As a result of being able to source this information on line, the initial research period is now reduced from at least several days to just a few minutes.

The ‘Sources’ digital directory pinpoints exactly what Irish interest material is held where – information which previously could only be accessed by consulting the bulky printed catalogues in either the National Library of Ireland in Dublin or one of a limited number of university libraries or major research institutions holding the complete set of printed records. With the click of a mouse anyone can now access the Sources database via a PC and can start the process of researching what material exists on a particular topic, and in what library or institution around the world that material is held.

For the first time, it will be possible to search the manuscript and periodicals records together. As a result, someone doing research on their local area might find information about manuscript maps, estate papers and business records for local shopkeepers, as well as details for articles in local history journals. Once the records are found, the information can be easily emailed or shared to bookmarking and social networking sites such as Delicious and Twitter. Other features of ‘Sources’ include an interactive map showing the location of all the archives and libraries around the world where the Irish material listed is stored. Full contact details for each outlet are also provided.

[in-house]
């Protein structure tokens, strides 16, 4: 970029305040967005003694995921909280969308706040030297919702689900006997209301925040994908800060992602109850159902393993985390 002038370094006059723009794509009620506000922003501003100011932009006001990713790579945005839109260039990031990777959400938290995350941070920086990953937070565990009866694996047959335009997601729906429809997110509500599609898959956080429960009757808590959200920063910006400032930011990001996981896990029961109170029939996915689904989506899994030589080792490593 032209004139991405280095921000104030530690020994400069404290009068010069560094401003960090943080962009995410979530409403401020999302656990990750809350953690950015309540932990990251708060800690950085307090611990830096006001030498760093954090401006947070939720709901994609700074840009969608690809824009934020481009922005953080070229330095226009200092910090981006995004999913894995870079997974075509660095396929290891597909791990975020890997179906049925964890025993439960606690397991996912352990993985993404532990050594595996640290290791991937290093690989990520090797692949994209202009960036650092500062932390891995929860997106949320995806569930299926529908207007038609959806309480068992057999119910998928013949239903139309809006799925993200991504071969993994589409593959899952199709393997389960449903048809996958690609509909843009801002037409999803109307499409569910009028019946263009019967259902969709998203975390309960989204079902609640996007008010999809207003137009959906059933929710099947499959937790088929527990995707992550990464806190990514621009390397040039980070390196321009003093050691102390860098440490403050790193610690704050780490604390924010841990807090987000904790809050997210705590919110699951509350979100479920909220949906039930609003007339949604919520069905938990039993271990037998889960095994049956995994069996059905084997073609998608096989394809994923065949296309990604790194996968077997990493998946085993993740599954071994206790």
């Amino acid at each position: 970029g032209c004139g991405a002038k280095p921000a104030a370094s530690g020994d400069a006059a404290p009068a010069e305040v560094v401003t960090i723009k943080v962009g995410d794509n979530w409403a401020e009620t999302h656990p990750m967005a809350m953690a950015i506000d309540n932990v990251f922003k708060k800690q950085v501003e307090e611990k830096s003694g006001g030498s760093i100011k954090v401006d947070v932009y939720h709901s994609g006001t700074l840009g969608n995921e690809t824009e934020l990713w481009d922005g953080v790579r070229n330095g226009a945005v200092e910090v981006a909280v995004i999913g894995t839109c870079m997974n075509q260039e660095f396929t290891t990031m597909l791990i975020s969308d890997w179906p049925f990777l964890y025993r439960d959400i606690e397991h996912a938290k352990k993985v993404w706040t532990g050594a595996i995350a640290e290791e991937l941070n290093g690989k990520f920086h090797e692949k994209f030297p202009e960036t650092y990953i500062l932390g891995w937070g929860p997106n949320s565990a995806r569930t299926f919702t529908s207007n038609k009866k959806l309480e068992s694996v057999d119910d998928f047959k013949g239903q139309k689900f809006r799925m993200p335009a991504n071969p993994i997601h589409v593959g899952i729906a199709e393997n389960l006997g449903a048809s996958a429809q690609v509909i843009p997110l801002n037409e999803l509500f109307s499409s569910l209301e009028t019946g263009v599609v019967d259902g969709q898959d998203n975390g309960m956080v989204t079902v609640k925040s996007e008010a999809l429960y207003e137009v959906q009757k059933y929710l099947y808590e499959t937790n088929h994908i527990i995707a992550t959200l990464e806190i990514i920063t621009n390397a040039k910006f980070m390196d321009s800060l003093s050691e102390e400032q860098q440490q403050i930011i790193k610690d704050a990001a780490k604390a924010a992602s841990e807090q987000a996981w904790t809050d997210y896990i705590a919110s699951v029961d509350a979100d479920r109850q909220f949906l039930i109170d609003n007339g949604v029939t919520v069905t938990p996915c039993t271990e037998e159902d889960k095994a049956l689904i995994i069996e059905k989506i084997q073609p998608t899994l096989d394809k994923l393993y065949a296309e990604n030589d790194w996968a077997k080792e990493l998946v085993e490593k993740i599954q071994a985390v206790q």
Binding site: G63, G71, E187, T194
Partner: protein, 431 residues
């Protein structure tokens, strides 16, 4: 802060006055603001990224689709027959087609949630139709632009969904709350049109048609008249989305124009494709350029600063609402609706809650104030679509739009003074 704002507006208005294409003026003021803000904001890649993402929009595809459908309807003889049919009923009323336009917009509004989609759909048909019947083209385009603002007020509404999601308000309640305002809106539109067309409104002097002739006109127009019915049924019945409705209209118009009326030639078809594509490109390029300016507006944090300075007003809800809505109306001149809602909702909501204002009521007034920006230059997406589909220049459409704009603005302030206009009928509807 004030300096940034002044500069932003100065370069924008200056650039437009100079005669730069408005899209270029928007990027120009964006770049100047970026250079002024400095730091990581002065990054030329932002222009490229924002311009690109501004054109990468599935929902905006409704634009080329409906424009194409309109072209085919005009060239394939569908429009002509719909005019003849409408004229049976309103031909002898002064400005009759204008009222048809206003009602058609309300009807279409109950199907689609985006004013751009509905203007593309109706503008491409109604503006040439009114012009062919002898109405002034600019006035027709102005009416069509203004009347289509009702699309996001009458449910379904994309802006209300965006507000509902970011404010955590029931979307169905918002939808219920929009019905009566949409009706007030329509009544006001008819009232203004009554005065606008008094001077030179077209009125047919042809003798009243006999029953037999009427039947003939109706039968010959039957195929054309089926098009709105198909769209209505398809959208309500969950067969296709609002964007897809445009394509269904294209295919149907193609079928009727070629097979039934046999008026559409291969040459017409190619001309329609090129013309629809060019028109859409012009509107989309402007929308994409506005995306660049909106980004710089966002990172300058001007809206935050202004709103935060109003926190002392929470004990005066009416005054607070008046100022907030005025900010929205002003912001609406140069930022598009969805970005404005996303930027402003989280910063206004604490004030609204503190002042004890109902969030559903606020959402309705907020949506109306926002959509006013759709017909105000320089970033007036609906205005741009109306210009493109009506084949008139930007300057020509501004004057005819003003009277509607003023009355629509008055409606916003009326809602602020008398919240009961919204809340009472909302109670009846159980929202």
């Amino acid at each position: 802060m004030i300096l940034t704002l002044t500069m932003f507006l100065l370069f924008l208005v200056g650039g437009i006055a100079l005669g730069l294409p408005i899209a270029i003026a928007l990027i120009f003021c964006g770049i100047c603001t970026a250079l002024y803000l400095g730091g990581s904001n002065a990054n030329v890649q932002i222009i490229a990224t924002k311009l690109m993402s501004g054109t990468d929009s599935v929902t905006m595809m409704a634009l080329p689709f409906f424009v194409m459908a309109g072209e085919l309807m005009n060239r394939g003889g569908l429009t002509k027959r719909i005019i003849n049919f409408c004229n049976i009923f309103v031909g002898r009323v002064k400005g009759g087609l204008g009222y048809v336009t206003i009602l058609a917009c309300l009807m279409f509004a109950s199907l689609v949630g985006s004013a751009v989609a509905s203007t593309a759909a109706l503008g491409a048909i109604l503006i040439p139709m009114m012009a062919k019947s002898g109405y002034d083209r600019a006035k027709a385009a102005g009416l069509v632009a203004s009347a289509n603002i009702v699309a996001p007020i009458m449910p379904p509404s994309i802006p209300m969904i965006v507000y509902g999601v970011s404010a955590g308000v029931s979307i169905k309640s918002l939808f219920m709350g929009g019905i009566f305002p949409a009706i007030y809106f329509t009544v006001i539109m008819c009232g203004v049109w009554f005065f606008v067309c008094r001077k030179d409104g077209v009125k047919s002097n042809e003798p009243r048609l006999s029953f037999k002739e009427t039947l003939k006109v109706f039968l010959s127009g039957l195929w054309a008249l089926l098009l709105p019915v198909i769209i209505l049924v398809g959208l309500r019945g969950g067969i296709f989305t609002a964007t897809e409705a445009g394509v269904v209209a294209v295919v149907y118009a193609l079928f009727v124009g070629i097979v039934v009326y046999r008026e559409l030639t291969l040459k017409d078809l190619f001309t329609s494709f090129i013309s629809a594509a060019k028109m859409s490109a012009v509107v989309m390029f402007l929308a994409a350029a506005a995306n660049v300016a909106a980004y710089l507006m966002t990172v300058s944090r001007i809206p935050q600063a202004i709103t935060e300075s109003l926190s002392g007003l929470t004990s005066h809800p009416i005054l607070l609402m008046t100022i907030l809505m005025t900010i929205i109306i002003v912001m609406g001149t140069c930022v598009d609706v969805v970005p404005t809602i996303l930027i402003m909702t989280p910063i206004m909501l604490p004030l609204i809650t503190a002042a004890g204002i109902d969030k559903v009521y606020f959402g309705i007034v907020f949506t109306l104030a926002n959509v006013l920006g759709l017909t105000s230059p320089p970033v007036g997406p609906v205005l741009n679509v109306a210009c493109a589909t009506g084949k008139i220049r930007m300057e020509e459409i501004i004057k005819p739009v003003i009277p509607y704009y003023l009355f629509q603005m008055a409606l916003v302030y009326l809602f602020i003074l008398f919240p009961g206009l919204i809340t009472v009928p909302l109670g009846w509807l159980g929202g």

The current process of digitising the original ‘Hayes Sources’ data represents an investment of several years’ work by the National Library of Ireland. Commenting on the launch, Aongus Ó hAonghusa, Director, National Library of Ireland noted:

“For decades, the original Manuscripts Sources for the History of Irish Civilisation, or ‘Hayes Sources’ as it is more commonly known, proved to be a tried and trusted resource for researchers in any and all fields of study relating to Ireland and its people, at home and abroad.

“Now, it has been given a new life, and a slightly less unwieldy name, in an online arena. The unprecedented opportunity it will provide for current and future generations of researchers worldwide to find Irish source material from their desktops, wherever they may be, would surely have pleased Richard Hayes and his dedicated team who first embarked on this mammoth indexing task almost 70 years ago.”  Hayes work was originally pubished as  Manuscript Sources for the History of Irish Civilisation and Sources for the History of Irish Civilisation: Articles in Irish Periodicals. The original hard copy of Manuscript Sources was contained in 11 volumes produced in 1965, with a further three volumes produced in a supplement in 1975. That project created a portal to a vast amount of manuscripts housed in repositories in Ireland and elsewhere. Periodicals Sources was published in nine volumes in 1970 and includes bibliographic references to articles appearing in some 157 publications, the earliest of these commencing in 1785.